Measurement of adhesive forces between S. epidermidis and fibronectin-coated surfaces using optical tweezers

Kathryn Hicks Simpson, M. Gabriela Bowden, Magnus Höök, Bahman Anvari

Research output: Contribution to journalArticlepeer-review

32 Scopus citations


Background and Objectives: Biomaterial-mediated infection, a common cause of medical device failure, is initiated by bacterial adhesion to an adsorbed protein layer on the implant surface. This adhesion is thought to be mediated by specific molecules present on the bacterial cell surface. Optical tweezers can be used to measure the adhesive force between a single bacterium and a proteincoated surface. Study Design/Materials and Methods: Using optical tweezers, a bacterium was trapped and brought in contact with a 10-μm diameter polystyrene microsphere coated with fibronectin. The minimum force required to detach the cell from the bead was determined over a range of fibronectin concentrations and contact times. Results: The detachment forces were integer multiples of an 18-pN base value that was independent of contact time and coating concentration; we propose that the variation in force is related to the number of bonds formed. Conclusions: These experiments demonstrate that optical tweezers can be used to investigate the adhesion of individual bacteria to surfaces. The results suggest that S. epidermidis has surface proteins capable of binding fibronectin.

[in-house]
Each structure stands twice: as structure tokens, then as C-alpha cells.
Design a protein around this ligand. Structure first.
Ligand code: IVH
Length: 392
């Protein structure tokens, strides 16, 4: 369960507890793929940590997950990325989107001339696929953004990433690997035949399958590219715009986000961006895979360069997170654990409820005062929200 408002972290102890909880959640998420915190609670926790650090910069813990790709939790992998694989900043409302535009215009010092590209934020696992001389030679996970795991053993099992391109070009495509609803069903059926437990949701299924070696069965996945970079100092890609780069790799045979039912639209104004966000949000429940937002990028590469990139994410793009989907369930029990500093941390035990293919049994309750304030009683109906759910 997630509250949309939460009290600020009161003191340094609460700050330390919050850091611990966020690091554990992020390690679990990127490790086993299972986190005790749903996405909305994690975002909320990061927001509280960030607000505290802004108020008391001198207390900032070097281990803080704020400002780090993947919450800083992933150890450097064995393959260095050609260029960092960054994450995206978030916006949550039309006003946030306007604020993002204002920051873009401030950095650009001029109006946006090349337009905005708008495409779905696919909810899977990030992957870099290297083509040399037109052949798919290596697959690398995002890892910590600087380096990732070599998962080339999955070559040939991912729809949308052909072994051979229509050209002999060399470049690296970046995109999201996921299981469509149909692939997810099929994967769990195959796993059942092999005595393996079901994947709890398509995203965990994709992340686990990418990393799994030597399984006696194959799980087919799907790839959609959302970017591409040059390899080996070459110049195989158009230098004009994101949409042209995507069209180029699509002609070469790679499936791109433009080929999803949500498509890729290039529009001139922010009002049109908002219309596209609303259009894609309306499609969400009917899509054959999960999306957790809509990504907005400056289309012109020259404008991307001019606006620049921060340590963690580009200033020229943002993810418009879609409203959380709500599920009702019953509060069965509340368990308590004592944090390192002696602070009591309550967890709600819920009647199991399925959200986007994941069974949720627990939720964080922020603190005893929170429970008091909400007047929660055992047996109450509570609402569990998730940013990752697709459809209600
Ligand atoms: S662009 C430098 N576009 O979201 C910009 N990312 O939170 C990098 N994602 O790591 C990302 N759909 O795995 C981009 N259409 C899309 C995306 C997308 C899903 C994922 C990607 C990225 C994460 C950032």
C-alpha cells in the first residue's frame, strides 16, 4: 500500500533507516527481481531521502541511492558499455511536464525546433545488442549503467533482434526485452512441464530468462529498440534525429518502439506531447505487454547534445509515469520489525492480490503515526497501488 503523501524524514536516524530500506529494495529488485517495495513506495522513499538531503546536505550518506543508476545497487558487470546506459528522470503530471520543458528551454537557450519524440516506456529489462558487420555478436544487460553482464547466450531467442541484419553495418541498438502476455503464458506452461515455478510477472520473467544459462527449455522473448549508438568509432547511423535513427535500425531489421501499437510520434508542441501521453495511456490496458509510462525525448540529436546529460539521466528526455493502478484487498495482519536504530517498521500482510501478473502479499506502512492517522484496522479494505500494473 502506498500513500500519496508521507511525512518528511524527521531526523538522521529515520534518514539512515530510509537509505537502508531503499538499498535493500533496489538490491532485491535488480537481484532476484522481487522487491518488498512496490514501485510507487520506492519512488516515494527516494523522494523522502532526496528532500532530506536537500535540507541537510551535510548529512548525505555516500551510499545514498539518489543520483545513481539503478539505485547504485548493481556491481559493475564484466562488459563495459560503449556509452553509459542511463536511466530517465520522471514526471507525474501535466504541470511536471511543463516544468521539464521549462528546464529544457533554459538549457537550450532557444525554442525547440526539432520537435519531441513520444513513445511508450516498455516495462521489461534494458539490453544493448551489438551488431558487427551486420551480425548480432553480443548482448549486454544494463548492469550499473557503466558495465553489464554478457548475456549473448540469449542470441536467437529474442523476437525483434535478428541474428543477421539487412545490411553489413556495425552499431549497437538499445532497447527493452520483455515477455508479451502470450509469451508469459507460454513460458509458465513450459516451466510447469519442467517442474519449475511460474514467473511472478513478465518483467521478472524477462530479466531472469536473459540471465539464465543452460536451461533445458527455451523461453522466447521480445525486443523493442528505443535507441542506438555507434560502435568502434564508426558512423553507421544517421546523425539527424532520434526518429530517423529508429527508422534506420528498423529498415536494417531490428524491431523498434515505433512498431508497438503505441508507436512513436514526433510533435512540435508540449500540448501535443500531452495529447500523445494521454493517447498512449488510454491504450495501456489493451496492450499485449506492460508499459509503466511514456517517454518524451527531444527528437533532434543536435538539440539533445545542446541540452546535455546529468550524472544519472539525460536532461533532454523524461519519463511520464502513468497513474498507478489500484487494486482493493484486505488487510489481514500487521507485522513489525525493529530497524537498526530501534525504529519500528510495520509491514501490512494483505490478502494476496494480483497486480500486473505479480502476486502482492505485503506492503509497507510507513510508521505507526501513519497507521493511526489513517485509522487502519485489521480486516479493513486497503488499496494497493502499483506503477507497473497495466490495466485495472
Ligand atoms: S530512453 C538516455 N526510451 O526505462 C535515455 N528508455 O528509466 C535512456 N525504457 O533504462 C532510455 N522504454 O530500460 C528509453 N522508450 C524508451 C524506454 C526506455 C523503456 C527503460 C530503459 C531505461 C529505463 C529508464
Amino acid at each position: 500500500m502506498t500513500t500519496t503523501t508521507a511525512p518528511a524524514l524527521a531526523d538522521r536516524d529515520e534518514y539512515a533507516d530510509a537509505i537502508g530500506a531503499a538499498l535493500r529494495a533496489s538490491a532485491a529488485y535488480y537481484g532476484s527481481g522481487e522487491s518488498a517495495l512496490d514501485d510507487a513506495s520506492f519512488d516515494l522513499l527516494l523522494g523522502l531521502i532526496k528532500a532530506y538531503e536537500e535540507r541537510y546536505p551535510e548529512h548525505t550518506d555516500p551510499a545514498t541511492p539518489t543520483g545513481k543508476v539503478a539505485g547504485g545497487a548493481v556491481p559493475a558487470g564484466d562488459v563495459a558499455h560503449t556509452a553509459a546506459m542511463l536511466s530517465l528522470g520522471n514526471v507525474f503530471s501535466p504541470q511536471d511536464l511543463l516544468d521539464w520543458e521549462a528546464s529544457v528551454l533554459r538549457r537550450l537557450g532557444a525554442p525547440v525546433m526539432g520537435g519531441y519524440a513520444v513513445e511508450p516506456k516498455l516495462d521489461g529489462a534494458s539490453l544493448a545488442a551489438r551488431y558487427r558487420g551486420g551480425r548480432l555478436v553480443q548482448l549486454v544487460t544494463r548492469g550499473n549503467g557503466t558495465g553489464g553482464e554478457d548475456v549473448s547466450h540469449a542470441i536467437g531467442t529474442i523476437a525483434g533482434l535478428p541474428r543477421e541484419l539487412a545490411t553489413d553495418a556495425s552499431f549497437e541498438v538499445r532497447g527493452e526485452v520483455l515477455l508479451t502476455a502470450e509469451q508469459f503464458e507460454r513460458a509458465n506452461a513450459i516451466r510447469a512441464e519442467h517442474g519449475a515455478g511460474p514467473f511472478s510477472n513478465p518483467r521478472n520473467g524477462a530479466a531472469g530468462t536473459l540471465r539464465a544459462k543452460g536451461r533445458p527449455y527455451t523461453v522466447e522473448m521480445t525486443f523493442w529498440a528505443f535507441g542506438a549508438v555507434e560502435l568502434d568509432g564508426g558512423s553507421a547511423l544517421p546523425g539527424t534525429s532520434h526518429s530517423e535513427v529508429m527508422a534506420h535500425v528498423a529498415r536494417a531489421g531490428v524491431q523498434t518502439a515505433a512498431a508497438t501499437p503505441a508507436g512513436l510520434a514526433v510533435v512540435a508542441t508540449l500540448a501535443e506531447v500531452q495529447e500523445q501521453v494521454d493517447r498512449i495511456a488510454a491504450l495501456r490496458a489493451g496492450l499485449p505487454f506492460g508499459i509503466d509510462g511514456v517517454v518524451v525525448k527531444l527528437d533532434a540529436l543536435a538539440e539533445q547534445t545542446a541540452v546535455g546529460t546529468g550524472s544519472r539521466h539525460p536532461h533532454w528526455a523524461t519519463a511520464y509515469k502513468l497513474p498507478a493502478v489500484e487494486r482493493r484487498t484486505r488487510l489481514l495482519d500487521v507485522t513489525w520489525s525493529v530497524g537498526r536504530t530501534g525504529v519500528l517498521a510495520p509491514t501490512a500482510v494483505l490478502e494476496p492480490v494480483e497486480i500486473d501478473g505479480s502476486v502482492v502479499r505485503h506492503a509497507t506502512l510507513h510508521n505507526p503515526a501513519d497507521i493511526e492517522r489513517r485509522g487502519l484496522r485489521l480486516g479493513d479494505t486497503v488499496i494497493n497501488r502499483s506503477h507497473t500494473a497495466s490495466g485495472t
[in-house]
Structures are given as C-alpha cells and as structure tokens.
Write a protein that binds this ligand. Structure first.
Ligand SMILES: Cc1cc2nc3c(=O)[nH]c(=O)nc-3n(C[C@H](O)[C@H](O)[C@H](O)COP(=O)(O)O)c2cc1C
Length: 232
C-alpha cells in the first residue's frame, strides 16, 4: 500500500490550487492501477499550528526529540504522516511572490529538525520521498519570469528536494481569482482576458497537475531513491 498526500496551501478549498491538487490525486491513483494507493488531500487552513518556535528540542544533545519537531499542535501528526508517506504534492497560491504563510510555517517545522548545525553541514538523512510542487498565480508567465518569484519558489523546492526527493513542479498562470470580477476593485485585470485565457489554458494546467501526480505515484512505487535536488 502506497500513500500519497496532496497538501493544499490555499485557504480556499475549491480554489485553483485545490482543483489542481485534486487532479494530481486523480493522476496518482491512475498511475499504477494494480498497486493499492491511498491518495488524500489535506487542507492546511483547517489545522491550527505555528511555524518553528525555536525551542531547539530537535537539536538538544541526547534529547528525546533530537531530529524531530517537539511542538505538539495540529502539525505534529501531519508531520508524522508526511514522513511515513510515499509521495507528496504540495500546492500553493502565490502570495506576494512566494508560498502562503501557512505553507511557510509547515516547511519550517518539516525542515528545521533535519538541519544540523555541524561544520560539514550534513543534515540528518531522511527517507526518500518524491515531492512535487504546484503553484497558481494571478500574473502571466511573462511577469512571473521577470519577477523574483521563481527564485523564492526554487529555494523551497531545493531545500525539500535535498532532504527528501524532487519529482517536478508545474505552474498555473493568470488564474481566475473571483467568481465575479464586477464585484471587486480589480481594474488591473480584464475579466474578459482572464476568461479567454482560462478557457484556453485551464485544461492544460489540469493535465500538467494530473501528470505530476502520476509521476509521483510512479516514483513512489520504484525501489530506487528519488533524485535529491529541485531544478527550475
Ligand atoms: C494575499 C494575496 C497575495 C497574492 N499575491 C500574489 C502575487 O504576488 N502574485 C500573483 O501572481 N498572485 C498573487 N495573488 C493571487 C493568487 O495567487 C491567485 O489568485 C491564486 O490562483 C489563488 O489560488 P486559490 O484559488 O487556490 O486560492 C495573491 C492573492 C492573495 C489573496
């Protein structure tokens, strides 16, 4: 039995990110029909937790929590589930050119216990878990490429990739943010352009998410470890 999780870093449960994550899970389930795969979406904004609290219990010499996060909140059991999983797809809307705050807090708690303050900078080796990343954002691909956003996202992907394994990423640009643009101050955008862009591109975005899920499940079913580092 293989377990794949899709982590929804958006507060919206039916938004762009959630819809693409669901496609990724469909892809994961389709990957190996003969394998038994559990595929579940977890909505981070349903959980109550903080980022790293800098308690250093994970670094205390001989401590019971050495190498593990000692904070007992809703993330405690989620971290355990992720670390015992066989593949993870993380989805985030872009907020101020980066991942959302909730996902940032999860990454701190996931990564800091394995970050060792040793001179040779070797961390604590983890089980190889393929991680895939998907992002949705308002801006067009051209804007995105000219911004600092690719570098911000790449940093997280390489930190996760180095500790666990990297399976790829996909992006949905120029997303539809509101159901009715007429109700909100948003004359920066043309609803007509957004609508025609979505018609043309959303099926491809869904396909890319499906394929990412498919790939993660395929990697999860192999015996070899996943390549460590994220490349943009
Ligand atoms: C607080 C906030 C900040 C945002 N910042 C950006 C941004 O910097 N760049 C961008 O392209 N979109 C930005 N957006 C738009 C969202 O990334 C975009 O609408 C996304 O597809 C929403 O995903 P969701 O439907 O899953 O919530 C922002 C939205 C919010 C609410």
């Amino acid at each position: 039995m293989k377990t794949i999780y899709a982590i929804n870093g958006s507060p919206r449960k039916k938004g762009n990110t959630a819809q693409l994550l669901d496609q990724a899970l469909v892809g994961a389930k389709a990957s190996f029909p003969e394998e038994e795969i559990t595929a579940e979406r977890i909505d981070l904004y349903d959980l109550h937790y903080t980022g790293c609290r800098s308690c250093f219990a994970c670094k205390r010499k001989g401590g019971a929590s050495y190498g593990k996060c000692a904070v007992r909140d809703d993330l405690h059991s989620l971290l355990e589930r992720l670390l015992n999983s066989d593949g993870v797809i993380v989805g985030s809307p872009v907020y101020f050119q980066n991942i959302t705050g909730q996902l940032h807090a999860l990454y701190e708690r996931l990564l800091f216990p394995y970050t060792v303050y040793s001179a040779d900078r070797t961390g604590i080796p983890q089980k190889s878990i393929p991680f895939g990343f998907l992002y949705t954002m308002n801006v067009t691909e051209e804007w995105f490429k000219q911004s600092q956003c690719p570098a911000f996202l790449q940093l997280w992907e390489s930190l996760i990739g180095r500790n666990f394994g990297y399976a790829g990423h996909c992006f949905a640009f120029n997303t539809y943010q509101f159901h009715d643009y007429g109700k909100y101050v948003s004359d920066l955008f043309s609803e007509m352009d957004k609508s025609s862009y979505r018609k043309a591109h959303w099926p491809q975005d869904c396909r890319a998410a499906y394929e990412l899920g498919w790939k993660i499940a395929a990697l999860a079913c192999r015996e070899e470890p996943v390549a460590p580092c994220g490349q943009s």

Original languageEnglish (US)
Pages (from-to)45-52
Number of pages8
JournalLasers in Surgery and Medicine
Issue number1
StatePublished - 2002


  • Bacterial adhesion
  • Biofilm
  • Extracellular matrix
  • Infection

ASJC Scopus subject areas

  • Surgery


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